4. Positive impact of CAR T-cell immunotherapy on patients

CAR T-cell immunotherapy, as a modern-day innovation, is customized according to the selected target present on the cancer cell. The selected targets are proteins, which are widely expressed on the malignant B-cell surface, benefiting the specific CAR and target interaction. The target antigen should be cancer-specific; particularly, CD19, CD22, CD33, CD38, CD5, CD7, IL3A, SDCI, MS4A1, NCAM1 and ULBPI are used as prominent targets. The main antigens targeted in solid cancers are Her2, CEA, GD2, PSMA and CAIX (23). Thus, the impacts of these targeted drugs are listed as follows:

High complete remission (CR) rate

CR indicates the disappearance of all the signs of cancer in response to the therapy. The efficiency of this therapy is summarized in Table II, demonstrating increased CR rates in approved drugs. The conventional chemotherapy had only a 20-40% CR rate or symptom reduction; however, this immunotherapy treatment results in a 68-93% CR rate, which is improved compared with other available immunotherapies (24,25).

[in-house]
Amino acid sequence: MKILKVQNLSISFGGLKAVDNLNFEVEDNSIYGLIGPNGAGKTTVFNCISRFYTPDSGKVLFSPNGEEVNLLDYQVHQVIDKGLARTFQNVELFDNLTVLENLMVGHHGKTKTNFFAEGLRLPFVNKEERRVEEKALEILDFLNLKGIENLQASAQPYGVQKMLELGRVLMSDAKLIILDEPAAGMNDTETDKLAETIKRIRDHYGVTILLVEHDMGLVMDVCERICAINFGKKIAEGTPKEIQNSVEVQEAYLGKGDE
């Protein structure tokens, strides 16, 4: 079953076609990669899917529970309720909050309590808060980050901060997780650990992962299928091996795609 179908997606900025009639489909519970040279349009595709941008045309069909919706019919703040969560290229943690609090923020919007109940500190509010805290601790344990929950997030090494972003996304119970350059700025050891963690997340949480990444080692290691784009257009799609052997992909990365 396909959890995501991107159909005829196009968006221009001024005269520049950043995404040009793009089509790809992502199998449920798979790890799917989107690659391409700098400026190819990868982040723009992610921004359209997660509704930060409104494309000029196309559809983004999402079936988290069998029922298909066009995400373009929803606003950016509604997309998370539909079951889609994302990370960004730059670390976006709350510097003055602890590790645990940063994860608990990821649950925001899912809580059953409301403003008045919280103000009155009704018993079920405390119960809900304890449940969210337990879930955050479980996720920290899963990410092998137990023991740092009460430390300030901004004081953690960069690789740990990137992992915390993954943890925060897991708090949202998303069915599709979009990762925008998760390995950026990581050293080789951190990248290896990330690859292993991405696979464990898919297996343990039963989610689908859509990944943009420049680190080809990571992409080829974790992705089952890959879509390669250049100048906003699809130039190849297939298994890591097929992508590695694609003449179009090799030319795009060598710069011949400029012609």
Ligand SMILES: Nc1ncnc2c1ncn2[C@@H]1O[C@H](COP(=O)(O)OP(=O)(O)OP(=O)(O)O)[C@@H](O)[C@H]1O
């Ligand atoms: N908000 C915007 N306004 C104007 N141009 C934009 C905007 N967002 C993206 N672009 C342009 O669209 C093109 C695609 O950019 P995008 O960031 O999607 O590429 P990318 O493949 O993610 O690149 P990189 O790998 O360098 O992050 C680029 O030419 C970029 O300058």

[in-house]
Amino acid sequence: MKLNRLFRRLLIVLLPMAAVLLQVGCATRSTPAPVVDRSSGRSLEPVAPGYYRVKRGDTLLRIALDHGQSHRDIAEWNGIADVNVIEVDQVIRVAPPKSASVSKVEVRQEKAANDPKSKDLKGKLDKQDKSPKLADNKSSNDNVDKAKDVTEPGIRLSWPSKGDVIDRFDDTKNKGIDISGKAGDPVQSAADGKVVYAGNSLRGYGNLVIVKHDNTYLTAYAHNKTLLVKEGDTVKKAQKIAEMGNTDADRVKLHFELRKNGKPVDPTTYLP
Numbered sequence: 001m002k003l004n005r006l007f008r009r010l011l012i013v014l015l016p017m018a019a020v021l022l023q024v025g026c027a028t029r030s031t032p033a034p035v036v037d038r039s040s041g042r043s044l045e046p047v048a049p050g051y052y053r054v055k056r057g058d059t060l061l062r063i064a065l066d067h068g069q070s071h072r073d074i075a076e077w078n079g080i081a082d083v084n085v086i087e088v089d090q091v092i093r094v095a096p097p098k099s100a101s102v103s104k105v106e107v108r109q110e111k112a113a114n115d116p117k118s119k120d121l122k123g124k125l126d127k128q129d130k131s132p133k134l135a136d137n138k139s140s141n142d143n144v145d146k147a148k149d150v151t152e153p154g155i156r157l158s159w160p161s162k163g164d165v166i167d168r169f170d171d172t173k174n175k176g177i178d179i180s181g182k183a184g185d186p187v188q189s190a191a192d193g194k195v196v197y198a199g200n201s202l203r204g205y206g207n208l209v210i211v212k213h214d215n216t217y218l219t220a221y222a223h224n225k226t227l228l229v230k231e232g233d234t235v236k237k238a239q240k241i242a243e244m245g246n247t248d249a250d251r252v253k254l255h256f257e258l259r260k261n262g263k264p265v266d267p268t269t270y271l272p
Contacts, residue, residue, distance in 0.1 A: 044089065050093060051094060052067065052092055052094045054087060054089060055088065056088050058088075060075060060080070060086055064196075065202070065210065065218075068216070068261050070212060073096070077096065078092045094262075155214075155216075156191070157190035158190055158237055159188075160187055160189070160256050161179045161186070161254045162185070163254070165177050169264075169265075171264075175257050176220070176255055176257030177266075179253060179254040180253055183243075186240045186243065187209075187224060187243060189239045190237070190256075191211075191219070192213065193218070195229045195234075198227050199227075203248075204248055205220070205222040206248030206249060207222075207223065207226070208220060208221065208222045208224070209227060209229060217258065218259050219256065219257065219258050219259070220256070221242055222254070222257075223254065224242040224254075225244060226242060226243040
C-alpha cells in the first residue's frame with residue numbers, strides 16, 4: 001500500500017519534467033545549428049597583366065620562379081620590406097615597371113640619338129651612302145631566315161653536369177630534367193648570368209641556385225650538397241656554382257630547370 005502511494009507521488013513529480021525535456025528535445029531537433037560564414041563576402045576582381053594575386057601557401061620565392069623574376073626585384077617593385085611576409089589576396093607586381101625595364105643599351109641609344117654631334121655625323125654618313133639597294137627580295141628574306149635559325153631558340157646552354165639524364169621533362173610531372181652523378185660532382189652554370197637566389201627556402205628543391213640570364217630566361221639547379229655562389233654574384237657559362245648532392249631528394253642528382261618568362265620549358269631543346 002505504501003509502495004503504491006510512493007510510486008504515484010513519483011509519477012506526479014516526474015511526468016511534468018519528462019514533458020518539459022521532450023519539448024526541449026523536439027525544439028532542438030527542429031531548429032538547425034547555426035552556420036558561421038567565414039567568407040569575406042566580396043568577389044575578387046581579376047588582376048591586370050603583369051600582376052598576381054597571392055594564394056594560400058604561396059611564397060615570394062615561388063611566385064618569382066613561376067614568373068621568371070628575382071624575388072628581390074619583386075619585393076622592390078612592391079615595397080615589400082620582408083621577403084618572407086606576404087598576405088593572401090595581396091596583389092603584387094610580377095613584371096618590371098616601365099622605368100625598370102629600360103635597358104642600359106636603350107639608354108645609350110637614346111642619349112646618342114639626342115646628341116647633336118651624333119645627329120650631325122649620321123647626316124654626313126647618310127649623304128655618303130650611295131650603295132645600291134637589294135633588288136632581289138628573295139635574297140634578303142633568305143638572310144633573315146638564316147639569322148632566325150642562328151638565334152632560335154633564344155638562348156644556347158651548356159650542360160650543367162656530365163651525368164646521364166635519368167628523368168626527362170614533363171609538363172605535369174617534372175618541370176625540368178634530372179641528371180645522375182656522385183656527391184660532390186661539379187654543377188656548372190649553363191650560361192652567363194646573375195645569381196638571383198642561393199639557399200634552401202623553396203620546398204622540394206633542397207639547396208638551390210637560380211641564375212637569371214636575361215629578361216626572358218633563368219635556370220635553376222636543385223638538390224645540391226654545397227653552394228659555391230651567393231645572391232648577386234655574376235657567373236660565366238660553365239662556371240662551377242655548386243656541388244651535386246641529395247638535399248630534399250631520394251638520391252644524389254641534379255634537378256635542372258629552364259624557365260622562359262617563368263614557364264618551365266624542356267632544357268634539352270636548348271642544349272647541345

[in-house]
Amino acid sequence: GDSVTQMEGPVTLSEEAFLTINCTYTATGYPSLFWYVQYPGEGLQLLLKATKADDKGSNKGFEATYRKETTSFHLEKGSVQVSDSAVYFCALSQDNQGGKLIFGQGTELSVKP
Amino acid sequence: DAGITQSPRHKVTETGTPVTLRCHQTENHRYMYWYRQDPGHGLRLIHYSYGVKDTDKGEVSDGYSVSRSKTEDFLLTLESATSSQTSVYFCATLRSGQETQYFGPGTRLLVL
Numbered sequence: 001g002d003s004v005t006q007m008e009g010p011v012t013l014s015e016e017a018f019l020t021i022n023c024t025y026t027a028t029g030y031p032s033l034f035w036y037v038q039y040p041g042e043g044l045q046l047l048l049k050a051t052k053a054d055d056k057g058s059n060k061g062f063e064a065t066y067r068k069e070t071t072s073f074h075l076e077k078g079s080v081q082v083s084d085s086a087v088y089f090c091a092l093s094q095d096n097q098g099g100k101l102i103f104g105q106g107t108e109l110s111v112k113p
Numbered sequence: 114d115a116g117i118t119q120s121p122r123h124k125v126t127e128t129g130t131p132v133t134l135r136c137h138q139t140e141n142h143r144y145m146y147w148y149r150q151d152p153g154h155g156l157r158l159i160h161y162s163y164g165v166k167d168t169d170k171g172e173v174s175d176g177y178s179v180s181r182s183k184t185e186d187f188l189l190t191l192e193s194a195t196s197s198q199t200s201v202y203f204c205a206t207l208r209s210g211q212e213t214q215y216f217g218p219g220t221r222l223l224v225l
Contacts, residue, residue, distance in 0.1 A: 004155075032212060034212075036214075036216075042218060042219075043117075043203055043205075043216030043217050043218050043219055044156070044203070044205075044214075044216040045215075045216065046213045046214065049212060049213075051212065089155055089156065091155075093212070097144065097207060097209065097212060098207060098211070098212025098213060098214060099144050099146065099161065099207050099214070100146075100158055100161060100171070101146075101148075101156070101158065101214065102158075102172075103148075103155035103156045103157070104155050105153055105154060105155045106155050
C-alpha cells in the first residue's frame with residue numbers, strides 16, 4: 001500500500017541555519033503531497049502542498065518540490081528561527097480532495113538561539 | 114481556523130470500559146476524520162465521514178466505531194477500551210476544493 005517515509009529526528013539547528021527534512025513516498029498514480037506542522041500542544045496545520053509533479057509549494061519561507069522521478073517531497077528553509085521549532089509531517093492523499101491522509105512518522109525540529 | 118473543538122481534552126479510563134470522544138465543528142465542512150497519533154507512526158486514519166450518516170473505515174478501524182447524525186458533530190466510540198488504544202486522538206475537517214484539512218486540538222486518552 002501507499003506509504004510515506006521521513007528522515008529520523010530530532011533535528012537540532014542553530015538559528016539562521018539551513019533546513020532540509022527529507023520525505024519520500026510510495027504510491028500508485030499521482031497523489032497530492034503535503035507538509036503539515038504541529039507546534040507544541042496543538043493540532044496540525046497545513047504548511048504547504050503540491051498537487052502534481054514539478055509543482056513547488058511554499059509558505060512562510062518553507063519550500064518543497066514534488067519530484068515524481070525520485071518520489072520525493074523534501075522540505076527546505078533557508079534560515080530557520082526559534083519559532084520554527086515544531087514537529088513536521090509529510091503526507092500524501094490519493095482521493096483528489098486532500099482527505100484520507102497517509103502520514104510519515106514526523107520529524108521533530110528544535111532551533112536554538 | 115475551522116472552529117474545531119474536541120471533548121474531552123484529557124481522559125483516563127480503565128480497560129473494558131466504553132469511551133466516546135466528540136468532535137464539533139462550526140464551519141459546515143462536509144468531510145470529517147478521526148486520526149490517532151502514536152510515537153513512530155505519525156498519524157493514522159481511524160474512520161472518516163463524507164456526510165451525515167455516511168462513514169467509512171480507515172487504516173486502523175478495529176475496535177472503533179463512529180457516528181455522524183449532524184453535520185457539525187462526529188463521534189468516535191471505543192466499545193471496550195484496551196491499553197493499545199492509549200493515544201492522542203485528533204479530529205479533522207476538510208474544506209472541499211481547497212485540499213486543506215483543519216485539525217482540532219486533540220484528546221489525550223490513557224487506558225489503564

Table II

Characteristics of approved drugs for CAR T-cell immunotherapy.

Table II

Characteristics of approved drugs for CAR T-cell immunotherapy.

Sr. no.CAR-T approved drugsType of lymphomaScfvCostimulatory domainOther namesTrial studyCells extracted (defined)ORR (%)CR (%)Clinical trial ID(Refs.)
1Axicabtagene ciloleucelAdult DLBCLFMC63CD28KTE-C19, Axi-celZUMA-1No8254NCT03391466(71,72)
2 TisagenlecleucelAdult DLBCLFMC634-1BB CD137CTL019, CART-19JULIETNo5440NCT02445248(73)
3Lisocabtagene maraleucelAdult DLBCLFMC634-1BB CD137Liso-cel, JCAR017TRANSCEND-001CD4:CD8 (fixed)7353NCT02631044(74)